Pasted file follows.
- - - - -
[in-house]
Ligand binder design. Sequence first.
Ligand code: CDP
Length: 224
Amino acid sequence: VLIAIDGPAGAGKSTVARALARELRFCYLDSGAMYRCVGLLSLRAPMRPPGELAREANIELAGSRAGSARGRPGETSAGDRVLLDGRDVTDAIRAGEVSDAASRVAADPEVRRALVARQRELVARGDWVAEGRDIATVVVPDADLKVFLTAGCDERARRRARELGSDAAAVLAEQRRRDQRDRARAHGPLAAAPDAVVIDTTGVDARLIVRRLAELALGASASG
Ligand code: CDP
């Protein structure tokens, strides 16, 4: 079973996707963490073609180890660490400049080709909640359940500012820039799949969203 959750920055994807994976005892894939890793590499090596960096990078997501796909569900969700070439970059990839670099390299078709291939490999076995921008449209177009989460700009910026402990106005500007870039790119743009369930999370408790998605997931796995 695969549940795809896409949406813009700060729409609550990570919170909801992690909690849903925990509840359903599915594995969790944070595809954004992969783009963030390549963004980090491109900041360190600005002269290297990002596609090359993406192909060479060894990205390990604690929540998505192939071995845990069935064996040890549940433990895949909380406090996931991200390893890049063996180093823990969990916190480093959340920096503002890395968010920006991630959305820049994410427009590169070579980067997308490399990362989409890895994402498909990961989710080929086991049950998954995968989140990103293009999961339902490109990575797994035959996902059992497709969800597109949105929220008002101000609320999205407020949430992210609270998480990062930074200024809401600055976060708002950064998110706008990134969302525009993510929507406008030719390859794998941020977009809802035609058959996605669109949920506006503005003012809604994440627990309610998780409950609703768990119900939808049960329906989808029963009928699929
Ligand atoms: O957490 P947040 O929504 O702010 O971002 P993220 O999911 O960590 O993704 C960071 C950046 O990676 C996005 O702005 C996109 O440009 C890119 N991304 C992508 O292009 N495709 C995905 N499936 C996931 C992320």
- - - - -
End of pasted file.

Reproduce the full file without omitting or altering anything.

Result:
[in-house]
Ligand binder design. Sequence first.
Ligand code: CDP
Length: 224
Amino acid sequence: VLIAIDGPAGAGKSTVARALARELRFCYLDSGAMYRCVGLLSLRAPMRPPGELAREANIELAGSRAGSARGRPGETSAGDRVLLDGRDVTDAIRAGEVSDAASRVAADPEVRRALVARQRELVARGDWVAEGRDIATVVVPDADLKVFLTAGCDERARRRARELGSDAAAVLAEQRRRDQRDRARAHGPLAAAPDAVVIDTTGVDARLIVRRLAELALGASASG
Ligand code: CDP
């Protein structure tokens, strides 16, 4: 079973996707963490073609180890660490400049080709909640359940500012820039799949969203 959750920055994807994976005892894939890793590499090596960096990078997501796909569900969700070439970059990839670099390299078709291939490999076995921008449209177009989460700009910026402990106005500007870039790119743009369930999370408790998605997931796995 695969549940795809896409949406813009700060729409609550990570919170909801992690909690849903925990509840359903599915594995969790944070595809954004992969783009963030390549963004980090491109900041360190600005002269290297990002596609090359993406192909060479060894990205390990604690929540998505192939071995845990069935064996040890549940433990895949909380406090996931991200390893890049063996180093823990969990916190480093959340920096503002890395968010920006991630959305820049994410427009590169070579980067997308490399990362989409890895994402498909990961989710080929086991049950998954995968989140990103293009999961339902490109990575797994035959996902059992497709969800597109949105929220008002101000609320999205407020949430992210609270998480990062930074200024809401600055976060708002950064998110706008990134969302525009993510929507406008030719390859794998941020977009809802035609058959996605669109949920506006503005003012809604994440627990309610998780409950609703768990119900939808049960329906989808029963009928699929
Ligand atoms: O957490 P947040 O929504 O702010 O971002 P993220 O999911 O960590 O993704 C960071 C950046 O990676 C996005 O702005 C996109 O440009 C890119 N991304 C992508 O292009 N495709 C995905 N499936 C996931 C992320």